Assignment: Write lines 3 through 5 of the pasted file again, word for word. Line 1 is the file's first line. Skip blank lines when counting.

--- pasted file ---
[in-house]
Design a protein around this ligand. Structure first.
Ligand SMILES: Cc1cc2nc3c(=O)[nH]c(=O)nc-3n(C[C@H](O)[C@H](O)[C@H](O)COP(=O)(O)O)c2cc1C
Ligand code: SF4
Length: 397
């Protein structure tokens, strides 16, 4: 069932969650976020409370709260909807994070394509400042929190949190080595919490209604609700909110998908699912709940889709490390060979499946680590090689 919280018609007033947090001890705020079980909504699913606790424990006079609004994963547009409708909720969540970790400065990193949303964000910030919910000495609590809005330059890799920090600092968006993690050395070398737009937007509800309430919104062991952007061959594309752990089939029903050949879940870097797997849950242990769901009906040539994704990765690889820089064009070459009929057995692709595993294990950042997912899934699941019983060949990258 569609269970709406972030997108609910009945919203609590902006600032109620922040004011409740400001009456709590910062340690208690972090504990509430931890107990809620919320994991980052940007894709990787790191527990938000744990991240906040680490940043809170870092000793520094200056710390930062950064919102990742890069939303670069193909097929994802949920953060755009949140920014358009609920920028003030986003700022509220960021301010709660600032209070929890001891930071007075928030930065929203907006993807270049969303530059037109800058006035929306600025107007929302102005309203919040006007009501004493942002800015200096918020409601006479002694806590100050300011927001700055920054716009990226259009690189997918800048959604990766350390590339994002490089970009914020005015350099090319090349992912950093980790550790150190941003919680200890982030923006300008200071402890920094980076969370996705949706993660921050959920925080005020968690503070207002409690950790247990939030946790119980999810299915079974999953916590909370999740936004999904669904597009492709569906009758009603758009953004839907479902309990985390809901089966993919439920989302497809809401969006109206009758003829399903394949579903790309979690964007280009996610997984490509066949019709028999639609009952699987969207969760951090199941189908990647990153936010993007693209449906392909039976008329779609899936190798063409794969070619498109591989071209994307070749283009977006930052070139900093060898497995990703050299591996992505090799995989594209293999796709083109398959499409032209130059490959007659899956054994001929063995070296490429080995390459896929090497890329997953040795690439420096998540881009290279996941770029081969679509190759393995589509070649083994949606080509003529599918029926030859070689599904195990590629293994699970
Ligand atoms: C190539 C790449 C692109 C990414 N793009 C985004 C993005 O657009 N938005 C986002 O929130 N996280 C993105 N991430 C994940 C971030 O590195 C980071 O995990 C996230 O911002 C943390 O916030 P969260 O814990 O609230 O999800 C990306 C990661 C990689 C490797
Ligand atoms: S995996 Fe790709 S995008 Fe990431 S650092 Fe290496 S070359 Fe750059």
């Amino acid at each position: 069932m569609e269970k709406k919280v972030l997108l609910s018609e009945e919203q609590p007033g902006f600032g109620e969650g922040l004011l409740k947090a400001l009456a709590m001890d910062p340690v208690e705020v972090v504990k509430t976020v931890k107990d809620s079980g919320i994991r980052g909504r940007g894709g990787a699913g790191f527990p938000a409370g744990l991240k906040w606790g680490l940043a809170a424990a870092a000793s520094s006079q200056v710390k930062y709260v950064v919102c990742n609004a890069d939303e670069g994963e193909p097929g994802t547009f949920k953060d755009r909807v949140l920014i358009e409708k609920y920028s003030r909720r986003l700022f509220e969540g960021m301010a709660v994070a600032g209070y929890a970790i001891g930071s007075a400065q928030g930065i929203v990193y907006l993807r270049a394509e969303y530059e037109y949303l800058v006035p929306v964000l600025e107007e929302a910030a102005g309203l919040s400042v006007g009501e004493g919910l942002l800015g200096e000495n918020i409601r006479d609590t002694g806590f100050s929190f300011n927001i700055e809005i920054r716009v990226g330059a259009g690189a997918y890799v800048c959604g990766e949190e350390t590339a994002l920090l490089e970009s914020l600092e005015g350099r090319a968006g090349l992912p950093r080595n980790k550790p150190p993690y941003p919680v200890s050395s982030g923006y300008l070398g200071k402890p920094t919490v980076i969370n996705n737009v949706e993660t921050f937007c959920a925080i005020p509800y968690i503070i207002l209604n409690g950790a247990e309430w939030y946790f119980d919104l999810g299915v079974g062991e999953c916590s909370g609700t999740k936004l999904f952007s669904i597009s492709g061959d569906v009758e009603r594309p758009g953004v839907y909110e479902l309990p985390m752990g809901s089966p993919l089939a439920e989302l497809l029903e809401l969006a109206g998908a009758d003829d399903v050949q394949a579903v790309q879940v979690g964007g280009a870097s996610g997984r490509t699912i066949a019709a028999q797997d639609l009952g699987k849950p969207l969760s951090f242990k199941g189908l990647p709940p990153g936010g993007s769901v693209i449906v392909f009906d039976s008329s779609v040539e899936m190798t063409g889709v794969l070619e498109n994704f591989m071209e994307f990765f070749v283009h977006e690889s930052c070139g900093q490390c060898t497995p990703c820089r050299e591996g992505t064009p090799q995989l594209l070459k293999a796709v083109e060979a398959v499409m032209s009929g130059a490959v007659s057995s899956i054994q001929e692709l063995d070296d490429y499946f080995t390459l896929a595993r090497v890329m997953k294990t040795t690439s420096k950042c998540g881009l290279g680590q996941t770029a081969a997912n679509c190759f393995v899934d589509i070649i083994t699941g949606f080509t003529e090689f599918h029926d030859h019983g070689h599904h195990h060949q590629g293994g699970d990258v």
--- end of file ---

Ligand SMILES: Cc1cc2nc3c(=O)[nH]c(=O)nc-3n(C[C@H](O)[C@H](O)[C@H](O)COP(=O)(O)O)c2cc1C
Ligand code: SF4
Length: 397